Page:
New York City

Most 17-year-olds to be diverted from criminal courts, as new law goes into effect

October 1, 2019 Noah Goldberg
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Seventeen-year-olds will no longer be automatically treated as adults in criminal courts in New York State, after the final phase of the 2017 “Raise the Age” law went into effect Tuesday.

The law — as of Oct. 1, 2018 — had already transferred the criminal cases of 16-year-olds from adult criminal court into a new area of the court called the “youth part,” where family court judges preside over cases. Cases for youth offenders can be further moved from the youth part to family court, depending on the severity of the crime.

“Since the first phase of Raise the Age was implemented last October, it has already made a huge difference and proved its success by transferring 16-year-olds to age-appropriate courts that are equipped with the programming essential for serving them,” said Dawne Mitchell, who runs the Juvenile Rights Practice at the Legal Aid Society.

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“We are confident that this last phase will prove equally successful for the vast majority of 17-year-olds entering the system, who will now have access to court processes, services and resources that are proven to be most appropriate for them, thereby improving public safety and giving these young people the chance they deserve.”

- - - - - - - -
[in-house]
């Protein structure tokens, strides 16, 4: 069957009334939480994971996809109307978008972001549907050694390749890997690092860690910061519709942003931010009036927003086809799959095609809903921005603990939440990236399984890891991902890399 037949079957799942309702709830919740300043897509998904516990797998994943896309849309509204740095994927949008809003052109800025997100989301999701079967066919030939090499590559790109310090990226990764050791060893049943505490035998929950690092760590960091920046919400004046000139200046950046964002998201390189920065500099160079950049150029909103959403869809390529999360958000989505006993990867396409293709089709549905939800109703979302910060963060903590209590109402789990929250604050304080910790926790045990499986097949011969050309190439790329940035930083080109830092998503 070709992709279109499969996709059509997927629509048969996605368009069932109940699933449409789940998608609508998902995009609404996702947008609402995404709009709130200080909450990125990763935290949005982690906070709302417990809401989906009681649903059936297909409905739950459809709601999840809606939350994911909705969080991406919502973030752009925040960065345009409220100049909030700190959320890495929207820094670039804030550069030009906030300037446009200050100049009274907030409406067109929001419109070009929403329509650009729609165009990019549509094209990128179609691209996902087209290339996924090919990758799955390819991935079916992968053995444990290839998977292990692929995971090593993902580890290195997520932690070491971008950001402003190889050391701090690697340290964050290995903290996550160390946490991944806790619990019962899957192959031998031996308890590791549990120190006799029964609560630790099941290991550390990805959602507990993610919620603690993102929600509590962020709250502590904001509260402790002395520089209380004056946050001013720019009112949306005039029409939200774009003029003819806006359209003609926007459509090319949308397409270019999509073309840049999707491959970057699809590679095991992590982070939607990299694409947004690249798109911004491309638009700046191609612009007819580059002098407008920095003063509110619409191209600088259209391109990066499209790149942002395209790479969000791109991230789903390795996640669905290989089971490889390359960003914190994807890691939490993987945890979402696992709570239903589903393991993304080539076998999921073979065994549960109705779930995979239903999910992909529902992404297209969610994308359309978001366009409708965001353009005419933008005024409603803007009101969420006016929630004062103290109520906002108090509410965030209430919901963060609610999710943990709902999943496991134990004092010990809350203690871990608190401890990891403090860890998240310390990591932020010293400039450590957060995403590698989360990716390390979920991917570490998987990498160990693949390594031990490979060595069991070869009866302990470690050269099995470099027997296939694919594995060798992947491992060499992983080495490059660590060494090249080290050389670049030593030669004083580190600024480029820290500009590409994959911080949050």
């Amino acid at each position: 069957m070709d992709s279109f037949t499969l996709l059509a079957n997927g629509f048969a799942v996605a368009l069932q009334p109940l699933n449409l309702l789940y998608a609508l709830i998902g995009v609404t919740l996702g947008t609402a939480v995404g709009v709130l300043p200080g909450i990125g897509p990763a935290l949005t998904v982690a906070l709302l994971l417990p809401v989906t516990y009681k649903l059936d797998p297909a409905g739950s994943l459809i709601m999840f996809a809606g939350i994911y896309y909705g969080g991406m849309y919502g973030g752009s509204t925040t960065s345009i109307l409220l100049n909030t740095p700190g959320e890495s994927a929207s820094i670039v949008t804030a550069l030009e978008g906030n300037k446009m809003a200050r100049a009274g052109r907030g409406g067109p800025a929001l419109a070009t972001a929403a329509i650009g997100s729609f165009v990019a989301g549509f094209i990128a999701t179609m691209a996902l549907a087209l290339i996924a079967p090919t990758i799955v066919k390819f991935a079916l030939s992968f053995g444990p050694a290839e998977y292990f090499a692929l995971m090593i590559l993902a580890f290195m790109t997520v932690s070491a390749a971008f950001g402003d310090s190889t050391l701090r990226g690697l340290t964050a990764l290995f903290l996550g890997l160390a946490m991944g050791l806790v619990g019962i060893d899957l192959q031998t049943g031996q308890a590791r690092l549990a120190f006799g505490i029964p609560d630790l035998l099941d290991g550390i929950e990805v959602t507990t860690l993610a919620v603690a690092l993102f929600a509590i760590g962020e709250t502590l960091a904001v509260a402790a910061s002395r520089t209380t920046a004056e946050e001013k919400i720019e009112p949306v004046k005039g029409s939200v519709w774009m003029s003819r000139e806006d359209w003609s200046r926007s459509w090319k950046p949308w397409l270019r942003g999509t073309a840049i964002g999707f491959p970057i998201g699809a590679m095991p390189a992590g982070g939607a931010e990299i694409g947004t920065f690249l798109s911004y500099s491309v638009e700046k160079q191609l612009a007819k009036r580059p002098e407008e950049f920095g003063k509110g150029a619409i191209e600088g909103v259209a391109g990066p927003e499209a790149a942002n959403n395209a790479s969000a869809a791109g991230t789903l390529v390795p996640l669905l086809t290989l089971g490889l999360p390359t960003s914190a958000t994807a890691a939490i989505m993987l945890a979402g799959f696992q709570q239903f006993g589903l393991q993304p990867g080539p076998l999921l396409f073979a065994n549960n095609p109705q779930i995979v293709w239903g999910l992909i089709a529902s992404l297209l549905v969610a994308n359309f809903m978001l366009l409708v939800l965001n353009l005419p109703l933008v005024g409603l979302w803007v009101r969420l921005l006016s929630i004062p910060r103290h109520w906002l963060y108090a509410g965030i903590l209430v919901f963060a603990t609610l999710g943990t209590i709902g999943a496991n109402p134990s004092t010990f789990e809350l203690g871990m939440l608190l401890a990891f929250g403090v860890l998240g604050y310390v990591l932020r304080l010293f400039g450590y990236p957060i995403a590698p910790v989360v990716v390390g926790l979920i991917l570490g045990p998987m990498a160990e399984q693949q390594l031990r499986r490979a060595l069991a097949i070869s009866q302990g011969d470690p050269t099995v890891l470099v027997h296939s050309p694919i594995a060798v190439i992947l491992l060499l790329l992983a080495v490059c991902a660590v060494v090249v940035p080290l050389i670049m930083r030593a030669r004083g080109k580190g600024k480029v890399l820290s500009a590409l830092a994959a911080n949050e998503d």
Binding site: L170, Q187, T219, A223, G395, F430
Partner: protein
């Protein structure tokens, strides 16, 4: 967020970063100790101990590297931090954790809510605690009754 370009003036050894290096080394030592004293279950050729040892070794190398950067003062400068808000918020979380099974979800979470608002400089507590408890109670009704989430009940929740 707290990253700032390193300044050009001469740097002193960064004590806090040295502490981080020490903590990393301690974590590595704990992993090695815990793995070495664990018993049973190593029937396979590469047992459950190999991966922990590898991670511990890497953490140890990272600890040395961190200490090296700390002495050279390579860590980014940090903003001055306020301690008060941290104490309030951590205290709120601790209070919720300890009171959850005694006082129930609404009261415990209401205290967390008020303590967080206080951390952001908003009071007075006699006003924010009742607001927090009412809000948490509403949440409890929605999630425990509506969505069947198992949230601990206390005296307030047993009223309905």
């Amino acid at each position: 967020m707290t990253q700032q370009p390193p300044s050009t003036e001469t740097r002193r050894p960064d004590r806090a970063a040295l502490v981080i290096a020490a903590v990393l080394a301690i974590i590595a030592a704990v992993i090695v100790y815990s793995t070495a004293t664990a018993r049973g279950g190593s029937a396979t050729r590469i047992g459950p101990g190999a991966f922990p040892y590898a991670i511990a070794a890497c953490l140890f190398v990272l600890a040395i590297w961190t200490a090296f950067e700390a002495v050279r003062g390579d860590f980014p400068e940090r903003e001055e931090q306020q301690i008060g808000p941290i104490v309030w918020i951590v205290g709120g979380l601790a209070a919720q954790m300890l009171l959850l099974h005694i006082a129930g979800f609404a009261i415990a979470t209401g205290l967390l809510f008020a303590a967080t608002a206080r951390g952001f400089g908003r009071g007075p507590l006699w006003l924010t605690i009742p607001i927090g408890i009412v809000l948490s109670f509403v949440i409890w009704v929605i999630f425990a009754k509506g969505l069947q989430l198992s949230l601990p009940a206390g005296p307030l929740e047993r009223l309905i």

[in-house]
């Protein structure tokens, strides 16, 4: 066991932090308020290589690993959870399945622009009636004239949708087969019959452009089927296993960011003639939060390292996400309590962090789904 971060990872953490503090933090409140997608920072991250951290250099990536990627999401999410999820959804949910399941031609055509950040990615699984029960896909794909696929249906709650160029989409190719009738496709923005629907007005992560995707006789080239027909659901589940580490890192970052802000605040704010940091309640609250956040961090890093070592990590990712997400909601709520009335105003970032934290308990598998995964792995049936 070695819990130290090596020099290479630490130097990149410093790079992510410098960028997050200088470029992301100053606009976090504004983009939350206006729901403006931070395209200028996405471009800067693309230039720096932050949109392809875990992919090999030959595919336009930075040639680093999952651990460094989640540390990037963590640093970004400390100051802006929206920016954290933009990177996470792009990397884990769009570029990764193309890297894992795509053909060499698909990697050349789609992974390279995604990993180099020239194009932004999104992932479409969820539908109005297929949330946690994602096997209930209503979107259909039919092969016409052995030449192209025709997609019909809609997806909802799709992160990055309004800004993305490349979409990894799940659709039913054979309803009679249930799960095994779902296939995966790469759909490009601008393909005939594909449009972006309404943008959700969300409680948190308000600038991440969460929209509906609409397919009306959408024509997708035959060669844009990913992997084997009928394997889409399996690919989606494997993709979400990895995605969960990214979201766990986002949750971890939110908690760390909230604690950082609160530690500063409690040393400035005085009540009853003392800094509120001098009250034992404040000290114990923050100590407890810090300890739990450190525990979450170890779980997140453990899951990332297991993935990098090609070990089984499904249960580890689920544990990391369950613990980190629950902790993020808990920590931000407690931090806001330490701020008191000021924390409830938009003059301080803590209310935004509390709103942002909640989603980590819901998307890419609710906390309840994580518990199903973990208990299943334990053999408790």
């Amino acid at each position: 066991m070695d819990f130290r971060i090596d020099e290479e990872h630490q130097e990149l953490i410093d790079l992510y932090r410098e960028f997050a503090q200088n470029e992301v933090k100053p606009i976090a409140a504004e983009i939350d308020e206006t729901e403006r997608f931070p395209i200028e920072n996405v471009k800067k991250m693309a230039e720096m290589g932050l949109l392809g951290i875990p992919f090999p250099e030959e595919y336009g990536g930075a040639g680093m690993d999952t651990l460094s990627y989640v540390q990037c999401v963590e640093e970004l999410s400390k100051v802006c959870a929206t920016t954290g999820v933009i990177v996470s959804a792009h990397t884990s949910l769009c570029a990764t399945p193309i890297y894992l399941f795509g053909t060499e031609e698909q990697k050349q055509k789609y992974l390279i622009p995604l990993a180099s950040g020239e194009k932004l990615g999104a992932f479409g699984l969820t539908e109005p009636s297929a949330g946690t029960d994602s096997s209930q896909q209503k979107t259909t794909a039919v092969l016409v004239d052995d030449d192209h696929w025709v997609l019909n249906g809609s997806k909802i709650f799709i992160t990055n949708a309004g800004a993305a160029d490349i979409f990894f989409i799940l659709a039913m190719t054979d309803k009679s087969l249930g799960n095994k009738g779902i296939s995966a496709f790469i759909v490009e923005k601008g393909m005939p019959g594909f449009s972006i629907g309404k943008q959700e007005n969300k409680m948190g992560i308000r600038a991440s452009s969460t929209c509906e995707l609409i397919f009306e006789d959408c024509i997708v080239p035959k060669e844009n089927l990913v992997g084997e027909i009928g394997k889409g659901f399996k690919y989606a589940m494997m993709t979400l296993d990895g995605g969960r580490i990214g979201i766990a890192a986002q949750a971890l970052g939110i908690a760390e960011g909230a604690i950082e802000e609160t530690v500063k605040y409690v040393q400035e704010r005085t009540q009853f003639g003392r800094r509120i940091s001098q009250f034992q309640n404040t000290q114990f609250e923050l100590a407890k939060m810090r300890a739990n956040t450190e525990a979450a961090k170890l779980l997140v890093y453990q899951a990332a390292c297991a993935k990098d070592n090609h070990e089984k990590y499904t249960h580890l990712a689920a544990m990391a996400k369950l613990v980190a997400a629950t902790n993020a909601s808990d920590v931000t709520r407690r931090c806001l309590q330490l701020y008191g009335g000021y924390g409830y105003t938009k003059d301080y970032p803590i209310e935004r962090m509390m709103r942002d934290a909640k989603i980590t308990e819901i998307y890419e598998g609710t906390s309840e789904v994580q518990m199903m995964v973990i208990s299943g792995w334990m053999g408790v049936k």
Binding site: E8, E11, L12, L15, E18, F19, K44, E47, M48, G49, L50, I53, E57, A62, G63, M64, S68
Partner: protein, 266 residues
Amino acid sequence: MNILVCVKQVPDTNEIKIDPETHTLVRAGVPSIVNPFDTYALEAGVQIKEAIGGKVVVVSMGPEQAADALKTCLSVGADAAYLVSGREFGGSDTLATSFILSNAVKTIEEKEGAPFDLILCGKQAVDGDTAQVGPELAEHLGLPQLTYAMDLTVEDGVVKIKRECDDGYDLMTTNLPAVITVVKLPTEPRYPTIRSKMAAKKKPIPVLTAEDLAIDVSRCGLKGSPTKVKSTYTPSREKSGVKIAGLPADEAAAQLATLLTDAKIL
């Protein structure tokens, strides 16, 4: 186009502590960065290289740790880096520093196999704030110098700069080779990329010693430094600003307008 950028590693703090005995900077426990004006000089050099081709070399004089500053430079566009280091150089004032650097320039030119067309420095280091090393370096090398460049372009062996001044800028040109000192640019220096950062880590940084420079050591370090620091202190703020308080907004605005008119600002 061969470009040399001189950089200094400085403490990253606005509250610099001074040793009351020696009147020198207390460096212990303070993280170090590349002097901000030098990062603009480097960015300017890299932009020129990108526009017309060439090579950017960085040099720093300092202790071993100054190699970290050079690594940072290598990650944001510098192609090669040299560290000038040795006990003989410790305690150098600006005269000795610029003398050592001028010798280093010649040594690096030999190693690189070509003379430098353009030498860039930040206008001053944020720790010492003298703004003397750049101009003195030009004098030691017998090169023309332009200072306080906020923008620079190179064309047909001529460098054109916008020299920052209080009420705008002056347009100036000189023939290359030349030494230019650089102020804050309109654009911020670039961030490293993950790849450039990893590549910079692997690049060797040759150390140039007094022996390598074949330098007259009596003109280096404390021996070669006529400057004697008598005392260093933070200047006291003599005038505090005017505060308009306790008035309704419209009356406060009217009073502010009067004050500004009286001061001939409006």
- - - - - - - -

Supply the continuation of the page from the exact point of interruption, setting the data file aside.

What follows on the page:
The first phase of the law was implemented to varying degrees of success throughout the city, with Brooklyn leading the way, transferring 16-year-olds out of criminal court and into family court 92 percent of the time. The citywide statistics hover around 79 percent. Queens trailed the other boroughs, transferring 16-year-old adolescent offenders out of criminal court just 57 percent of the time.

The implementation for 16-year-olds was not entirely smooth, though, and the influx of 17-year-olds into the new youth system has some defense attorneys worried about long waits between initial arrests and when the youth offenders get seen in court.

Brooklyn’s district attorney, Eric Gonzalez, has been supportive of Raise the Age. He was the only DA in the state tapped in 2017 to be part of Gov. Andrew Cuomo’s Raise the Age Implementation Task Force.

The new law moves all misdemeanor cases for 16- and 17-year-olds into family court. All non-violent felonies are transferred from the youth part to family court, unless the district attorney files a motion within a month challenging the transfer. A judge then determines whether or not to move the case from the youth part to family court.

Even violent felonies committed by 16- and 17-year-olds can be moved from the youth part of criminal court to family court under the law, unless the defendant is charged with “displaying a deadly weapon in furtherance of the offense, causing significant physical injury, or engaging in unlawful sexual conduct.”


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